Understanding Hollow Knight and to completely beat it, requires a mental discipline that not everyone is willing to mutate into their minds. Decide if the time you want to apply is worth your efforts, yet, without such time, you can’t simply become good enough. Finishing the main path is possible for the majority, nonetheless, the game tends to teach more than it punishes, if you pay close attention that is.

Across Hollownest players will unlock new abilities, skills and magic powers that become part of your character, to progress, or go back and unlock new passageways, secrets or gather collectables. Skills such as a Dash, Double Jump, or magic spells become instantly familiar and useful against all sorts of treats, alongside a very solid and fluid gameplay. It's not flawless, as I would personally like to be able to cancel moves such as the Dash, and have I-frames when picking up objects, so I wouldn't take damage for just collecting a Charm while being attacked.

Bosses can quickly become the most important slice of the cake, you either love them, or hate ‘em. Some are incredible well telegraphed, with animations that anticipate behavior and attacks. Yet, others use projectiles which quickly became almost as an excuse to dictate a necessity to inflict damage on the player, such as the absolute last boss, that was heavily criticized due to that. Another well justified critique is how a couple of bosses read your inputs way too soon, and I totally agree.

Several buffs and extra stats for both types of attacks, as well as defense can be used through Charms. These special items can be used to increase stats. To use them, players must buy or unlock Notches, and the more you have, the more Charms you can equip. It’s a really nice way to add major strategic combos depending on the challenge ahead.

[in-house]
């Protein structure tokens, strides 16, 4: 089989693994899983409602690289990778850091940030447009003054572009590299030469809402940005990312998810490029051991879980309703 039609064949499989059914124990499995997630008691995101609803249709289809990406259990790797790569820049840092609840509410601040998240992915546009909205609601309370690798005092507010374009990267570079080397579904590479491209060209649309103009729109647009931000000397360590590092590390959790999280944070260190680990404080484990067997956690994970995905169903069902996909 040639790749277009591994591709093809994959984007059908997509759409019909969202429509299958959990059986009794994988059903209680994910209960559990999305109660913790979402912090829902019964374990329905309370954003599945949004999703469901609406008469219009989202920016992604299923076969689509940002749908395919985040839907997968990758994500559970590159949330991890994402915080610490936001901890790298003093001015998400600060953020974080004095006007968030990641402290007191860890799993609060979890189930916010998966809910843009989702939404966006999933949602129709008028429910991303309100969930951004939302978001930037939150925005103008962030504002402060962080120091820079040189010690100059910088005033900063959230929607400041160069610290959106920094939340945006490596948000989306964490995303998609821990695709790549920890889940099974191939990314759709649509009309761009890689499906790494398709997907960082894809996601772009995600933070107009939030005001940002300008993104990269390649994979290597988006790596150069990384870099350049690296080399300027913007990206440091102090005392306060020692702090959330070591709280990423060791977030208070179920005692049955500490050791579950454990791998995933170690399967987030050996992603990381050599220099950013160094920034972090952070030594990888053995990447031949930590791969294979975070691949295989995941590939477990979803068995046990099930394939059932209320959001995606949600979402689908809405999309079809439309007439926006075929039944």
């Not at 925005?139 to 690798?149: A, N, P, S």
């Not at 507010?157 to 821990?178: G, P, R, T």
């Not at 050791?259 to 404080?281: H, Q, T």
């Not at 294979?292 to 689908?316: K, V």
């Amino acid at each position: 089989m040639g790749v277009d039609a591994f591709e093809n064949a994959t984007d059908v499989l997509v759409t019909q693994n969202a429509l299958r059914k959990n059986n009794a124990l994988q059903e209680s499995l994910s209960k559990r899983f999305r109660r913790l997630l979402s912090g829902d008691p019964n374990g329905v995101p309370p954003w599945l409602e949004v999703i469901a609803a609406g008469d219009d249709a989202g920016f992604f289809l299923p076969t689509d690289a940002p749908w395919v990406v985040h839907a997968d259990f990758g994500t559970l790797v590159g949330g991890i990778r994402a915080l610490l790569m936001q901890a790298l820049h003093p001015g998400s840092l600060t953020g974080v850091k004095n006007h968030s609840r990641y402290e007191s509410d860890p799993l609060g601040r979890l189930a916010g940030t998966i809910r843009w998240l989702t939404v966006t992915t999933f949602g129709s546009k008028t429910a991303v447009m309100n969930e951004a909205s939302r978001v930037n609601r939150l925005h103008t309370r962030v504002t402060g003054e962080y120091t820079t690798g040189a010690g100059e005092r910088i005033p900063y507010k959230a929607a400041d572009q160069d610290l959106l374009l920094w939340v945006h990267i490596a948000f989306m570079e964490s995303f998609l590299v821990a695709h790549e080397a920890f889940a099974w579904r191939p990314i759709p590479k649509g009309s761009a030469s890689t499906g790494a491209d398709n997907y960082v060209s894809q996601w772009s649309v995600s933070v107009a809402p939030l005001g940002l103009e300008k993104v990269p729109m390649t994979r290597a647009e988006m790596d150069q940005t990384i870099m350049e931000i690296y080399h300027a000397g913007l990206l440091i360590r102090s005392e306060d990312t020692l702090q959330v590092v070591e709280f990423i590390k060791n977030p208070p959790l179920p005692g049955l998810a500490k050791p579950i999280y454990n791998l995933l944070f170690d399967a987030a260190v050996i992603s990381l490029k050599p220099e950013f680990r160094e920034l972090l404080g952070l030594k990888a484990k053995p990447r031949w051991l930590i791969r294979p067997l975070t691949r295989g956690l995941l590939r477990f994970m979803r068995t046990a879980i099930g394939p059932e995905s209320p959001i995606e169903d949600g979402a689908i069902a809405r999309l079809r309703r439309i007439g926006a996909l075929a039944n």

Even though the base game is already considerably cheap, released DLC costs nothing. Yes, on top of everything, a lot of new content was added for free. I personally think this was an act of goodwill, but also arguably easier to deliver a consistent experience, and equalizing the content structure. Aside from content that delivers new bosses and areas which were later integrated such as The Hive, players have The Grimm Troupe that includes new quests, NPC’s, and a boss. The infamous Godmaster DLC is where you truly put your skills to the test, fighting every enemy/boss in a very arcade challenge to reach a True Ending.

The soundtrack was composed by the Australian composer Christopher Larkin, and the choice was right. With very melodic waves of neo-classic and simplistic chords, the music of each area creates the perfect atmosphere and momentum. Definitely one of those soundtracks capable of creating nostalgic waves immediately as you hear the epic symphonic tunes, without even playing the game. Highly recommended to be purchased separately.

There are endless game studios, but only a few can develop something such as this. Hollow Knight is clearly one of my favorite games, even though I recognize I lack the radiant willpower to finish the toughest challenge, I also know this game will continue to teach me. An amazing experience, unique and made with passion, Hollow Knight is a must you absolutely have to try.